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Two Great Pieces to Challenge Conventional Thinking

Who to engage with in the Middle East and on what terms?  At prospectsforpeace.com we have been trying to promote the view that engagement is not endorsement and communication is not capitulation - and that without broadening the scope of dialogue we are unlikely to understand the region or how to re-stabilize.

Here are two powerful pieces that appeared in recent days - in the LA Times and Ha'aretz - to drive home the point, make the historical analogy, and get us thinking:

In the first piece from Ha'aretz, Zvi Bar'el asks, "What if they spoke to each other?":

... how will Hezbollah respond if Israel enters into negotiations with Syria? How will Syria react if the U.S. conducts direct talks with Iran and reaches a tactical compromise? How will Iran react if Syria is no longer included in the axis of evil? And what will the gangs in Gaza say if a miracle occurs and Israel invites Ismail Haniyeh to talks and lifts the boycott on the Palestinian Authority?

The possible answers are that Hezbollah might not stop making threats, but it would lose its logistical support and no longer constitute a strategic threat. Syria would not cut its ties with Iran, but Iran would no longer be able to dictate events in Lebanon. Iran would not stop collecting nuclear technology, but direct talks with Washington, and perhaps an accord the talks might ultimately produce, would also affect the motivation to use this technology for attack.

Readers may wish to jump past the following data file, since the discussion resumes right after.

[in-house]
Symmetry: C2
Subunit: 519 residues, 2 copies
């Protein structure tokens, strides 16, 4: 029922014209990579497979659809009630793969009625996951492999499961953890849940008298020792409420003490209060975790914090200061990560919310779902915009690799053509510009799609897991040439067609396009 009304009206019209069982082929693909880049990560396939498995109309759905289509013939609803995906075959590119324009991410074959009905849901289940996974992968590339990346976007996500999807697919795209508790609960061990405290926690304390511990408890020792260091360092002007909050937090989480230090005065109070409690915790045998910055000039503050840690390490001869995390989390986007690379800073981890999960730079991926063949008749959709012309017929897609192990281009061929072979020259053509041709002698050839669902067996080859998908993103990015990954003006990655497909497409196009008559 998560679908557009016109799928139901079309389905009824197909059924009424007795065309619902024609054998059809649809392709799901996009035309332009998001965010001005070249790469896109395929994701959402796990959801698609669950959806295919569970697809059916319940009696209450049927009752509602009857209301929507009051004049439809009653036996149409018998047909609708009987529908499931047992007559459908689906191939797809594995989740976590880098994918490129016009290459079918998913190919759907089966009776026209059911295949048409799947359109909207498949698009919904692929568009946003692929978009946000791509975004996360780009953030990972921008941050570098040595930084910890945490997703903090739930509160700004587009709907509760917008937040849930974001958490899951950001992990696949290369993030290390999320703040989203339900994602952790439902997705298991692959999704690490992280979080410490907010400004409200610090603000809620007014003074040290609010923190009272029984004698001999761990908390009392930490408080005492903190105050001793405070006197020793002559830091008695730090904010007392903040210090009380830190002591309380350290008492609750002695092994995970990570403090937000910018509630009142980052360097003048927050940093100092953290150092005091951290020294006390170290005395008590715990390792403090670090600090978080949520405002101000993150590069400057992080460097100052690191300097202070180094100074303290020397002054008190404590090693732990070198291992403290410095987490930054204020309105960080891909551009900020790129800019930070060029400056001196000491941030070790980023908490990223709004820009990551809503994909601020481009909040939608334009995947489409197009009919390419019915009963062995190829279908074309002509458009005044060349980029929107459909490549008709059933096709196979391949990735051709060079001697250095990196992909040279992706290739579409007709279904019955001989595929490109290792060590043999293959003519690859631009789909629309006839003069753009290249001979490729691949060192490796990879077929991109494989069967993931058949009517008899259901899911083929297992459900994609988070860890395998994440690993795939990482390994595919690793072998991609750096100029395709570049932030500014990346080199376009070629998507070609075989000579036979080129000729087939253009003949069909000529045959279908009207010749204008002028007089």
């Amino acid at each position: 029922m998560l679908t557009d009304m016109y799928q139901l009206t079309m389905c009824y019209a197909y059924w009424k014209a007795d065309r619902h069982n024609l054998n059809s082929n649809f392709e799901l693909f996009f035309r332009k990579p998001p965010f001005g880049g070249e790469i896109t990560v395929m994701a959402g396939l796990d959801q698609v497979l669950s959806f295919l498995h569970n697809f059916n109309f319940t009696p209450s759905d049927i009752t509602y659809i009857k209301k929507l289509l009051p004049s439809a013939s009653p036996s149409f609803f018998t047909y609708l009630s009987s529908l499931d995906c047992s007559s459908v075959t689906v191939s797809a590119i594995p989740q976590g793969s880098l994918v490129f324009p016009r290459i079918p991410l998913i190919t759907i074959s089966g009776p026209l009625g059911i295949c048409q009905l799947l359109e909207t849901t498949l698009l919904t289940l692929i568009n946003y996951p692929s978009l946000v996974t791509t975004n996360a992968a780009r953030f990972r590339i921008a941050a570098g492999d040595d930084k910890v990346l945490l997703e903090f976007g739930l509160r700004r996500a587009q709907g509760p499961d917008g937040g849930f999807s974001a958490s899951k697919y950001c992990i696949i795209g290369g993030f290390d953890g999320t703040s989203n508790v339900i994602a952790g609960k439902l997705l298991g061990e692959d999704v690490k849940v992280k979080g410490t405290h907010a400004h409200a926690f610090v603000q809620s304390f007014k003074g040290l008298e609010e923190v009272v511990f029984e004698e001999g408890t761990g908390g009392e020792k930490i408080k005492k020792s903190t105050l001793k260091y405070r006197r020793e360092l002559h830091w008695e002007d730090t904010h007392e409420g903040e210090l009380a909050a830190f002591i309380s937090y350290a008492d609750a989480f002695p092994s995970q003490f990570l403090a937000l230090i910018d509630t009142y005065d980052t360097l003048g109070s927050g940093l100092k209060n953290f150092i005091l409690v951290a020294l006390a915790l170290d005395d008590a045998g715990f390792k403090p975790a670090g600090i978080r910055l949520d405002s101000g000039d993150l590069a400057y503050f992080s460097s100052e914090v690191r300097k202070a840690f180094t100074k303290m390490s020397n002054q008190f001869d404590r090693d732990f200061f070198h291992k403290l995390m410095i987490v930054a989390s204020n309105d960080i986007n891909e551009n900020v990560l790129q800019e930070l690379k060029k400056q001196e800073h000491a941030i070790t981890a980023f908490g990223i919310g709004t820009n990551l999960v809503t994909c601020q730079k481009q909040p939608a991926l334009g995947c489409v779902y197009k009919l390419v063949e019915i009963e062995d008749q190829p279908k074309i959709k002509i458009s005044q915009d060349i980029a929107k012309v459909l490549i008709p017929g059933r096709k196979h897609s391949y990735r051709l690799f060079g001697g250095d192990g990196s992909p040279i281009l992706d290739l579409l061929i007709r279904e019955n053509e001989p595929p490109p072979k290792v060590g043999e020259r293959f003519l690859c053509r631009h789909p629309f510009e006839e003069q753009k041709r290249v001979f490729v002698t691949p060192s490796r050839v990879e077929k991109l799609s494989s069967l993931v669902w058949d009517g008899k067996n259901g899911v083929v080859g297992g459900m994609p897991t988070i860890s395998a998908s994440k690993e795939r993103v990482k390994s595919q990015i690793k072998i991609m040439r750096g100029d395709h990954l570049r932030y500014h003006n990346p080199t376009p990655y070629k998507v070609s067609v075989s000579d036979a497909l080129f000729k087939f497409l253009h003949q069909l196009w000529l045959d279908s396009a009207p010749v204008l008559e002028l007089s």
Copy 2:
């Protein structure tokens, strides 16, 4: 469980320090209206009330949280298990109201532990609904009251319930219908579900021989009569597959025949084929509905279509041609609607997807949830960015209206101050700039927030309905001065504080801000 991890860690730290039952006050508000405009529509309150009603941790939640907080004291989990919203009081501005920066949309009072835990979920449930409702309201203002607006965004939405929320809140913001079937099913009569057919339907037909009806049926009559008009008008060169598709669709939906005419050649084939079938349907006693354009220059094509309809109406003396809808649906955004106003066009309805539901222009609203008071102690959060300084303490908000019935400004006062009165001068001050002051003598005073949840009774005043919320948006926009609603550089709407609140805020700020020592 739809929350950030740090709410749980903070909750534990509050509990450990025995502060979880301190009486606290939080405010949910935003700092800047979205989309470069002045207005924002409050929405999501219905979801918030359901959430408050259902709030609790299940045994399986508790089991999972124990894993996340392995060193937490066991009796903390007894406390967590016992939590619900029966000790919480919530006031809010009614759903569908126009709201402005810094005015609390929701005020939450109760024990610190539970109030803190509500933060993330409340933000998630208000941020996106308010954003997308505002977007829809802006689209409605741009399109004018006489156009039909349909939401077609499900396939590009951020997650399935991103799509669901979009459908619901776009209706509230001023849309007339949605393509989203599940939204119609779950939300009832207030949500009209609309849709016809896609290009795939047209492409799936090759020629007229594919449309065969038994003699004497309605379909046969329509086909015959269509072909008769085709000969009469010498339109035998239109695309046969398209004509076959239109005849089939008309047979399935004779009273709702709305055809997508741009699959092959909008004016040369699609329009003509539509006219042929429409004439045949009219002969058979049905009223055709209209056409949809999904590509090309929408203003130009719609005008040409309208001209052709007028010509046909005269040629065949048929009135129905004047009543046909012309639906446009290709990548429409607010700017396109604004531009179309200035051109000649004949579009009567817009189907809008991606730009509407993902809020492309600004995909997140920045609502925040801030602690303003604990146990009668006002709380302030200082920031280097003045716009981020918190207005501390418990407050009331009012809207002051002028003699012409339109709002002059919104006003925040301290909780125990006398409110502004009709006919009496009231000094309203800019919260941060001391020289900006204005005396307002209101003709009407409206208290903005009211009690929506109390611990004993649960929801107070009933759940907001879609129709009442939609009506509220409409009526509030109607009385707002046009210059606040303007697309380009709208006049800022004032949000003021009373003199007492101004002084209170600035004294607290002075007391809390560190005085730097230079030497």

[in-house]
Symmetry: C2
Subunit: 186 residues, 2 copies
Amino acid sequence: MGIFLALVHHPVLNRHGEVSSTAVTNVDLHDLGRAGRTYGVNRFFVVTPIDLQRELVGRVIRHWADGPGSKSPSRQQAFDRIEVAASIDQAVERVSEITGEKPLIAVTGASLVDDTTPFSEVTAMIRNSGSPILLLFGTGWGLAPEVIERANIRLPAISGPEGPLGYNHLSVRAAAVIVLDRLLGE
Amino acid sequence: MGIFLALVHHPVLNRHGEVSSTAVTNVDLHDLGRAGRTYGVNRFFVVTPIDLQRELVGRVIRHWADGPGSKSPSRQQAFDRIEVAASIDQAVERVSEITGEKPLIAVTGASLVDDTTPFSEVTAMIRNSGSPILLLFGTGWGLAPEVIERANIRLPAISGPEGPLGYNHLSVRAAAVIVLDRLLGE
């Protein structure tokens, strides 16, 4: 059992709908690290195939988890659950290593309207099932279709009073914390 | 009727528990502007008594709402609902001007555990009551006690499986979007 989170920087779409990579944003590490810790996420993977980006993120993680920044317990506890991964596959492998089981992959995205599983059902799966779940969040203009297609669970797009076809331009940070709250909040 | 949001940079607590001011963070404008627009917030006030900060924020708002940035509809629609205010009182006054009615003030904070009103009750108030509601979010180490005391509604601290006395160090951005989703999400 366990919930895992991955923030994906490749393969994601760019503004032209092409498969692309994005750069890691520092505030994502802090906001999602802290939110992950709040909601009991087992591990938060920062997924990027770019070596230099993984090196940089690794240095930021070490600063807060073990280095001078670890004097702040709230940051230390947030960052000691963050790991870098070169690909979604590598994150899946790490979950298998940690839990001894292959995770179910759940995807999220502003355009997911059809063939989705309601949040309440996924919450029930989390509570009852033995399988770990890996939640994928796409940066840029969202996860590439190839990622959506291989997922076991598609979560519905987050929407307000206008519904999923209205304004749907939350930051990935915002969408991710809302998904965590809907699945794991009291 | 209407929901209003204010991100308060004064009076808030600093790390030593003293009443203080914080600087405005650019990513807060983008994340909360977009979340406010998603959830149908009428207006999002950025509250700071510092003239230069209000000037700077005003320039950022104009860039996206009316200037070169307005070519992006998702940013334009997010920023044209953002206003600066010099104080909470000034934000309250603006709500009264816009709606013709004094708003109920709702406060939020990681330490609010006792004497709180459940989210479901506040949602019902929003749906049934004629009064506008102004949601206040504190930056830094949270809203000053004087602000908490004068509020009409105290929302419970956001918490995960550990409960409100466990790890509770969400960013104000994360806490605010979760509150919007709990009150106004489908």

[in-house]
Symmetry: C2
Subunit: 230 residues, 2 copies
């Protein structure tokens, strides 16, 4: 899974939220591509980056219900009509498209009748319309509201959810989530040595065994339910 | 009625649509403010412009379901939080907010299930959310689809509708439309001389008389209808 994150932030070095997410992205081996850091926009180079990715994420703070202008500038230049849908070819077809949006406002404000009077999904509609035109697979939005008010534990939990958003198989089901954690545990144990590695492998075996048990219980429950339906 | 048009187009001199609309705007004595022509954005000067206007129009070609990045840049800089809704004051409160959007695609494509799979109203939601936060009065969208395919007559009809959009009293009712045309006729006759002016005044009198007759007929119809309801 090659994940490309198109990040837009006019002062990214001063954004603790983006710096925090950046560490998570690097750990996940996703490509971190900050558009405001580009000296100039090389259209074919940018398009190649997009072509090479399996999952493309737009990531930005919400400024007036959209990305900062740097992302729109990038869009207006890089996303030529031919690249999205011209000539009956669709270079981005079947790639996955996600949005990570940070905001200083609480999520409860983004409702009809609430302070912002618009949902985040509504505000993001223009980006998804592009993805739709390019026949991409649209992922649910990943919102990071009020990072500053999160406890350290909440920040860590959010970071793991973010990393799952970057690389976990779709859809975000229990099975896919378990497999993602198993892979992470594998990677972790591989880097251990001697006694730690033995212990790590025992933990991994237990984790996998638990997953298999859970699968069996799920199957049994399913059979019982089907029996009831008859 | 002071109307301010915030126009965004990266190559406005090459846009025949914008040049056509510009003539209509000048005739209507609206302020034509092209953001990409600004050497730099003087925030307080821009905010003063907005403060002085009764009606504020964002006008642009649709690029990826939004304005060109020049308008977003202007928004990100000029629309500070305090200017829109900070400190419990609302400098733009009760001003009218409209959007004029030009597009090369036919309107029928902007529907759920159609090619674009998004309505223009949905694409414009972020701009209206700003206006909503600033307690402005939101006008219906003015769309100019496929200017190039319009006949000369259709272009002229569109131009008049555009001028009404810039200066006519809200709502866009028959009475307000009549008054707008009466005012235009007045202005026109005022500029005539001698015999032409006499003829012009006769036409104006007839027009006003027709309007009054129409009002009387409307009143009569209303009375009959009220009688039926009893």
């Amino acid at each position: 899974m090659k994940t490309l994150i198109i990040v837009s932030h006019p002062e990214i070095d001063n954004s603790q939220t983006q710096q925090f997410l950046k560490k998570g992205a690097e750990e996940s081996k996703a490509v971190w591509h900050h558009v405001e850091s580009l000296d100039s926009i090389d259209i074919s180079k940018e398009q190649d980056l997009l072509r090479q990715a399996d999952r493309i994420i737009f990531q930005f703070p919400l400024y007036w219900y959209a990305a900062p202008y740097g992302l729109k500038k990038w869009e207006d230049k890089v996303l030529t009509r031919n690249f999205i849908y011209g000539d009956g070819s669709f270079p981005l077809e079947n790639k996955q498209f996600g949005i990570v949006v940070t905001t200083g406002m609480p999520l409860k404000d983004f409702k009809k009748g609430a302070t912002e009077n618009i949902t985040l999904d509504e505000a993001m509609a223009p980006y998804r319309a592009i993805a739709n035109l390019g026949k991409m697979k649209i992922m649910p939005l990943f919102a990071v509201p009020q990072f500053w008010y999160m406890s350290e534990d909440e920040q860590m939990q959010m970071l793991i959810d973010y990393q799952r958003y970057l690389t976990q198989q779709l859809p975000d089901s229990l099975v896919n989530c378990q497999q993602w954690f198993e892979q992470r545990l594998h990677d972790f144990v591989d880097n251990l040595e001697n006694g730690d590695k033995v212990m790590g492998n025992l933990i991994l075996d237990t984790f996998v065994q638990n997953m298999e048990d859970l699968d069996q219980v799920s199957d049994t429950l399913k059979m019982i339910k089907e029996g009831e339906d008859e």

The street gangs in Gaza would also continue to smuggle weapons, and the firing of Qassams would not cease, but the PA's realm of control would expand and the economic welfare of the Palestinian people would become a real political bargaining chip. Most importantly, the Arab initiative could be realized, turning these gangs into fringe forces that should be opposed for threatening the chance to establish a Palestinian state. This should be the new discourse of Israeli and American politics in the region if someone really plans to turn the military failures into opportunities and prevent the next war.


In the second piece, from the Los Angeles Times, William Dalrymple tracks the origins of "the largest and bloodiest anti-colonial revolt to face any European empire anywhere in the world during the 19th century."  The British campaign to break down Indian resistance to Western domination, as Darlymple sees it, was a "steady crescendo of insensitivity" to Muslim feeling, and ultimately led to the Great Munity of 1857 and the terrible war that followed.  Darlymple describes how he sees "Westerners" falling into the same habits as their predescessors from 150 years ago: